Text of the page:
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Sharanappa Laxmanappa Paramshetti and ors. Vs. Manik Kashinath Mahindrakar and ors. - Court Judgment

LegalCrystal Citation
SubjectInsurance;Motor Vehicles
CourtMumbai High Court
Decided On
Judge
Reported in1(1985)ACC381
AppellantSharanappa Laxmanappa Paramshetti and ors.
RespondentManik Kashinath Mahindrakar and ors.
Excerpt:
.....of shivanand has explained that shivanand was the only educated person in their family that his elder son was not doing well and that shivanand used to support all the members of the family by earning about rs......the father of the deceased had spoken about the income of shivanand of rs. 1,000/- per month, the learned member of the tribunal felt that in view of the cut-throat competition between the contractors and corruption prevailing in the market, a young contractor has to do business without earning a single farthing. with this view of the business, the learned member calculated the dependency of the members of the family at rs. 200/- per month.3. the father of shivanand has explained that shivanand was the only educated person in their family that his elder son was not doing well and that shivanand used to support all the members of the family by earning about rs. 1 000/- per month. even though the figure may be exaggerated, there is no basis for taking a dim view of the business as the.....
Judgment:

V.V. Vaze, J.

1. Shivanand, an unemployed graduate, was given a loan of Rs. 15,000/- from the Bank of India. With this capital he started business and used to take contracts from the Municipal Committee, Zilla Parishad and Collectorate. He had repaid some of the loan but met with an accident while travelling in a matador vehicle driven by respondent No. 2 Nande and owned by respondent No. 1 Manik Mahindrakar, which proved to be fatal. As Shivanand was unmarried, his parents filed Claim Petition No. 5 of 1980 before the Accident Claims Tribunal. Ahmednagar, which awarded a sum of Rs. 18,560/-, against which the present appeal has been preferred.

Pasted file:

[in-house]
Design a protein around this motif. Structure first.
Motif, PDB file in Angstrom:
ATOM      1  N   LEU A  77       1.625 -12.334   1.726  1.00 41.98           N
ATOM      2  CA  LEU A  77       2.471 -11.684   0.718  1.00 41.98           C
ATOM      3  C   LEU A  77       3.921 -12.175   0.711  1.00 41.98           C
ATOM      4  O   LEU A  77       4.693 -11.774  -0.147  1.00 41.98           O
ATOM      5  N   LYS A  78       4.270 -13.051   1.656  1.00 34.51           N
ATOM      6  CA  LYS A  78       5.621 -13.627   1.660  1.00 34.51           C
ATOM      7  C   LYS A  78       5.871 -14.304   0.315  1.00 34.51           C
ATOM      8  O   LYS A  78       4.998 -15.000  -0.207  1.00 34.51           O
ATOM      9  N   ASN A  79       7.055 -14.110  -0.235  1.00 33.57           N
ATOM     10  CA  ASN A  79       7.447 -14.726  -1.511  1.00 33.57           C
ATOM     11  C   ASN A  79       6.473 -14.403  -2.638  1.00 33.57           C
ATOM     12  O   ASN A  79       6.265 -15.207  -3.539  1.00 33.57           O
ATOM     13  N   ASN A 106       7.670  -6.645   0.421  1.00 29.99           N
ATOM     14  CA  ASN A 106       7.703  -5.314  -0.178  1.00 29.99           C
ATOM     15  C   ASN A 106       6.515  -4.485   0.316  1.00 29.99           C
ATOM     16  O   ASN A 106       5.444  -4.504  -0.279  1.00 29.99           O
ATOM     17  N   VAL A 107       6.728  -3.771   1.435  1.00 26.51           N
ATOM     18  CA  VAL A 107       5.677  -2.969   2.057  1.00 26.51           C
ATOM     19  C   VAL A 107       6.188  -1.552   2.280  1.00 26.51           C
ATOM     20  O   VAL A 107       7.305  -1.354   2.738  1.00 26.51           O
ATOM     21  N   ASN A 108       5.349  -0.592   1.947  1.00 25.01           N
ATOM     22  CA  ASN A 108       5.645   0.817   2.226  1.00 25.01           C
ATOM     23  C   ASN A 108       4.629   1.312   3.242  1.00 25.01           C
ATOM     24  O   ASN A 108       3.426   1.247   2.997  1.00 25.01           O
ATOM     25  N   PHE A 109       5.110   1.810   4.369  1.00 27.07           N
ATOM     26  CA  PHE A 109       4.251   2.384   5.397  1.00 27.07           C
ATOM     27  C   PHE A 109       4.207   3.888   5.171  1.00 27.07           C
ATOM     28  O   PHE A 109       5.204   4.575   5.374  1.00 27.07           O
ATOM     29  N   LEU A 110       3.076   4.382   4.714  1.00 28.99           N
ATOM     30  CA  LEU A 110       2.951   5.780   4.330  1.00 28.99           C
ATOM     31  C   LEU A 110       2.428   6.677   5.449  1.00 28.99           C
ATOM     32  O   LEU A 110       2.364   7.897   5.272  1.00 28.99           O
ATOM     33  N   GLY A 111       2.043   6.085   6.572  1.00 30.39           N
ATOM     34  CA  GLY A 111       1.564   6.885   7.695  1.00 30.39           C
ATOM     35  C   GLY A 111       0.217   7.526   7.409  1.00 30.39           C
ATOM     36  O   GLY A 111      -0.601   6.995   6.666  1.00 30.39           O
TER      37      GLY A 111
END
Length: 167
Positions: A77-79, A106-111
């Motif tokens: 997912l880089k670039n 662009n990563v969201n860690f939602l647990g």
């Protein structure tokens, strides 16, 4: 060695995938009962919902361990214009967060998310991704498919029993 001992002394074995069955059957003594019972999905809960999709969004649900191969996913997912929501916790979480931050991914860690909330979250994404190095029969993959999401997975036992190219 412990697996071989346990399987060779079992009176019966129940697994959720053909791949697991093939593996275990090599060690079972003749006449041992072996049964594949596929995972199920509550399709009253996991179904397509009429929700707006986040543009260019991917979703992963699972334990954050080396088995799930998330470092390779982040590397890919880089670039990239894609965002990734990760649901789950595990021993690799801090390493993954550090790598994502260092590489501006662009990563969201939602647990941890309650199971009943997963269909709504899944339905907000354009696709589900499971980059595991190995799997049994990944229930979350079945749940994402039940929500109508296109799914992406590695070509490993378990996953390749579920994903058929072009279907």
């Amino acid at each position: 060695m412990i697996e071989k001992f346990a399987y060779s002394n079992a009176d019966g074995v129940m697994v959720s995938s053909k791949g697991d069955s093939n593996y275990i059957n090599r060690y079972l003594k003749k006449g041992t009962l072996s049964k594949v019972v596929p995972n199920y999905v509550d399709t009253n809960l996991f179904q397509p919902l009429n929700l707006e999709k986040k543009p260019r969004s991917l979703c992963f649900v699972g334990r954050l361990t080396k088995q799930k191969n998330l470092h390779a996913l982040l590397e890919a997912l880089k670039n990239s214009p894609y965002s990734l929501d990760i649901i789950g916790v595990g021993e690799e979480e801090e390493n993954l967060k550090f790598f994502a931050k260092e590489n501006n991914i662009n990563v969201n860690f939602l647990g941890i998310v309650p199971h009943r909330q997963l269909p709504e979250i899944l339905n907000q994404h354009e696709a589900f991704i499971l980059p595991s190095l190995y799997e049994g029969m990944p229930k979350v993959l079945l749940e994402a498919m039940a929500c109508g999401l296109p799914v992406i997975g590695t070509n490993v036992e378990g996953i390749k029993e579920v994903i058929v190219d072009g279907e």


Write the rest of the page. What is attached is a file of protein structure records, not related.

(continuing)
2. Though evidence was led before the Tribunal that Shivanand had supplied materials worth Rs. 52,000/- to the Corporation in the year 1976-77 and the father of the deceased had spoken about the income of Shivanand of Rs. 1,000/- per month, the learned member of the Tribunal felt that in view of the cut-throat competition between the contractors and corruption prevailing in the market, a young contractor has to do business without earning a single farthing. With this view of the business, the learned member calculated the dependency of the members of the family at Rs. 200/- per month.

3. The father of Shivanand has explained that Shivanand was the only educated person in their family that his elder son was not doing well and that Shivanand used to support all the members of the family by earning about Rs. 1 000/- per month. Even though the figure may be exaggerated, there is no basis for taking a dim view of the business as the learned member has done. We feel that there is every reason to suppose that a contractor supplying goods worth Rs. 52,000/- did have a potential and that the dependency of the family could not have been less than Rs. 300/- per month.

4. Maintaining the method of calculations adopted by the learned member as respects Petitioners Nos. 1 and 2, we find that the petitioners would have been entitled to a round figure of Rs. 35,000/-. We propose to deduct 20 per cent out of it as done by the learned member on account of lump sum payment and arrive at a figure of Rs. 28,000/-.

5. The appeal succeeds. For the figure of Rs. 18,560/- appearing in the first line of the order the figure of Rs. 28,000/- (Rupees twenty eight thousand) is substituted. Rest of the order is confirmed. No order as to costs in this appeal.


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